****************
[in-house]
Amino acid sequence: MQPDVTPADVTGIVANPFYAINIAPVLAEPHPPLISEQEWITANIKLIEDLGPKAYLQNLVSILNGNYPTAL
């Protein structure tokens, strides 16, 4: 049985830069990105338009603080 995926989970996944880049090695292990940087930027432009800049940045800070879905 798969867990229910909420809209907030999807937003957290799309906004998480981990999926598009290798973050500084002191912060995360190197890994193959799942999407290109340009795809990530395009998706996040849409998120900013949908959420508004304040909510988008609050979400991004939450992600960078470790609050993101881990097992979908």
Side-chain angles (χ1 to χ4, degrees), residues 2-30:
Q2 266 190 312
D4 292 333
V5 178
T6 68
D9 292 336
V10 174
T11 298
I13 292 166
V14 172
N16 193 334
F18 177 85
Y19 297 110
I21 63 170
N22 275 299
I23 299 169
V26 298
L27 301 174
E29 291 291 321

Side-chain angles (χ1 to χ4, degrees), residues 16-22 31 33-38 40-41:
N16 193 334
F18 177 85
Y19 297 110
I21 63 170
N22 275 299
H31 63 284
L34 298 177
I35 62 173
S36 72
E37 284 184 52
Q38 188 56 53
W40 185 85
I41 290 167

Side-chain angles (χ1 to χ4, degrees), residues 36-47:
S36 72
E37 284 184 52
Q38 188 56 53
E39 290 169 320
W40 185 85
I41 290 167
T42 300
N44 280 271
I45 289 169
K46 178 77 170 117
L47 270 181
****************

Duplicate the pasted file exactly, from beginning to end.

[in-house]
Amino acid sequence: MQPDVTPADVTGIVANPFYAINIAPVLAEPHPPLISEQEWITANIKLIEDLGPKAYLQNLVSILNGNYPTAL
């Protein structure tokens, strides 16, 4: 049985830069990105338009603080 995926989970996944880049090695292990940087930027432009800049940045800070879905 798969867990229910909420809209907030999807937003957290799309906004998480981990999926598009290798973050500084002191912060995360190197890994193959799942999407290109340009795809990530395009998706996040849409998120900013949908959420508004304040909510988008609050979400991004939450992600960078470790609050993101881990097992979908």
Side-chain angles (χ1 to χ4, degrees), residues 2-30:
Q2 266 190 312
D4 292 333
V5 178
T6 68
D9 292 336
V10 174
T11 298
I13 292 166
V14 172
N16 193 334
F18 177 85
Y19 297 110
I21 63 170
N22 275 299
I23 299 169
V26 298
L27 301 174
E29 291 291 321

Side-chain angles (χ1 to χ4, degrees), residues 16-22 31 33-38 40-41:
N16 193 334
F18 177 85
Y19 297 110
I21 63 170
N22 275 299
H31 63 284
L34 298 177
I35 62 173
S36 72
E37 284 184 52
Q38 188 56 53
W40 185 85
I41 290 167

Side-chain angles (χ1 to χ4, degrees), residues 36-47:
S36 72
E37 284 184 52
Q38 188 56 53
E39 290 169 320
W40 185 85
I41 290 167
T42 300
N44 280 271
I45 289 169
K46 178 77 170 117
L47 270 181